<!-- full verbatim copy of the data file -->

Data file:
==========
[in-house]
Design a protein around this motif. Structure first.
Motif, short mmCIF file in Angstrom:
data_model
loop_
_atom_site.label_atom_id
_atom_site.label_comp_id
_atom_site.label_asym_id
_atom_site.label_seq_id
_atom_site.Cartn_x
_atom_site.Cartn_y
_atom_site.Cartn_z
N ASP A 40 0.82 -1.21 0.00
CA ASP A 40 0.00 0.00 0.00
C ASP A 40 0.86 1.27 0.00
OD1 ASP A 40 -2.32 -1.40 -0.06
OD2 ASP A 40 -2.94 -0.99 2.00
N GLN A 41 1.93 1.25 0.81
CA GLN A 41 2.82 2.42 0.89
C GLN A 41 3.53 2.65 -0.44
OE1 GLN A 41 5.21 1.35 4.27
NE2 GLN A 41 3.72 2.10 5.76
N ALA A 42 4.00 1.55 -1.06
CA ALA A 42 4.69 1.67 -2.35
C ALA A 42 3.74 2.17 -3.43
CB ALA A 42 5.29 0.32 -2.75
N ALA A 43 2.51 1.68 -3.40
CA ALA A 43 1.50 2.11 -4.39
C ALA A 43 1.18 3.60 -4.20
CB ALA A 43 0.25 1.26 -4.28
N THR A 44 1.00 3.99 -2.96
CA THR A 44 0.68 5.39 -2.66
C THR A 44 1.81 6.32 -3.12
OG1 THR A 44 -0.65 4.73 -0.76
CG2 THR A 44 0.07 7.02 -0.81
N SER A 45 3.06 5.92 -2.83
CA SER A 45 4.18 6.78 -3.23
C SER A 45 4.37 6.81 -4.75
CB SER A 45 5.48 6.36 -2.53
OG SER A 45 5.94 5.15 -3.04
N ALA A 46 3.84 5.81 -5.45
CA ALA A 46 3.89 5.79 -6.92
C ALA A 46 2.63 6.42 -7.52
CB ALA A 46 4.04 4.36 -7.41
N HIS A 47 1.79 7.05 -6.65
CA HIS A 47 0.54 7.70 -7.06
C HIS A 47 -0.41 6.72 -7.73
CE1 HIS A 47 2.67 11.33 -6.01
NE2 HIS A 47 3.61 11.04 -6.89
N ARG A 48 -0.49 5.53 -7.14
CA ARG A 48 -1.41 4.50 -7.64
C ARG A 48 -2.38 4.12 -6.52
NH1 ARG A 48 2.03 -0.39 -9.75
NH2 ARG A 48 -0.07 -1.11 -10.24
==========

[in-house]
Design a protein around this motif. Structure first.
Motif, short mmCIF file in Angstrom:
data_model
loop_
_atom_site.label_atom_id
_atom_site.label_comp_id
_atom_site.label_asym_id
_atom_site.label_seq_id
_atom_site.Cartn_x
_atom_site.Cartn_y
_atom_site.Cartn_z
N ASP A 40 0.82 -1.21 0.00
CA ASP A 40 0.00 0.00 0.00
C ASP A 40 0.86 1.27 0.00
OD1 ASP A 40 -2.32 -1.40 -0.06
OD2 ASP A 40 -2.94 -0.99 2.00
N GLN A 41 1.93 1.25 0.81
CA GLN A 41 2.82 2.42 0.89
C GLN A 41 3.53 2.65 -0.44
OE1 GLN A 41 5.21 1.35 4.27
NE2 GLN A 41 3.72 2.10 5.76
N ALA A 42 4.00 1.55 -1.06
CA ALA A 42 4.69 1.67 -2.35
C ALA A 42 3.74 2.17 -3.43
CB ALA A 42 5.29 0.32 -2.75
N ALA A 43 2.51 1.68 -3.40
CA ALA A 43 1.50 2.11 -4.39
C ALA A 43 1.18 3.60 -4.20
CB ALA A 43 0.25 1.26 -4.28
N THR A 44 1.00 3.99 -2.96
CA THR A 44 0.68 5.39 -2.66
C THR A 44 1.81 6.32 -3.12
OG1 THR A 44 -0.65 4.73 -0.76
CG2 THR A 44 0.07 7.02 -0.81
N SER A 45 3.06 5.92 -2.83
CA SER A 45 4.18 6.78 -3.23
C SER A 45 4.37 6.81 -4.75
CB SER A 45 5.48 6.36 -2.53
OG SER A 45 5.94 5.15 -3.04
N ALA A 46 3.84 5.81 -5.45
CA ALA A 46 3.89 5.79 -6.92
C ALA A 46 2.63 6.42 -7.52
CB ALA A 46 4.04 4.36 -7.41
N HIS A 47 1.79 7.05 -6.65
CA HIS A 47 0.54 7.70 -7.06
C HIS A 47 -0.41 6.72 -7.73
CE1 HIS A 47 2.67 11.33 -6.01
NE2 HIS A 47 3.61 11.04 -6.89
N ARG A 48 -0.49 5.53 -7.14
CA ARG A 48 -1.41 4.50 -7.64
C ARG A 48 -2.38 4.12 -6.52
NH1 ARG A 48 2.03 -0.39 -9.75
NH2 ARG A 48 -0.07 -1.11 -10.24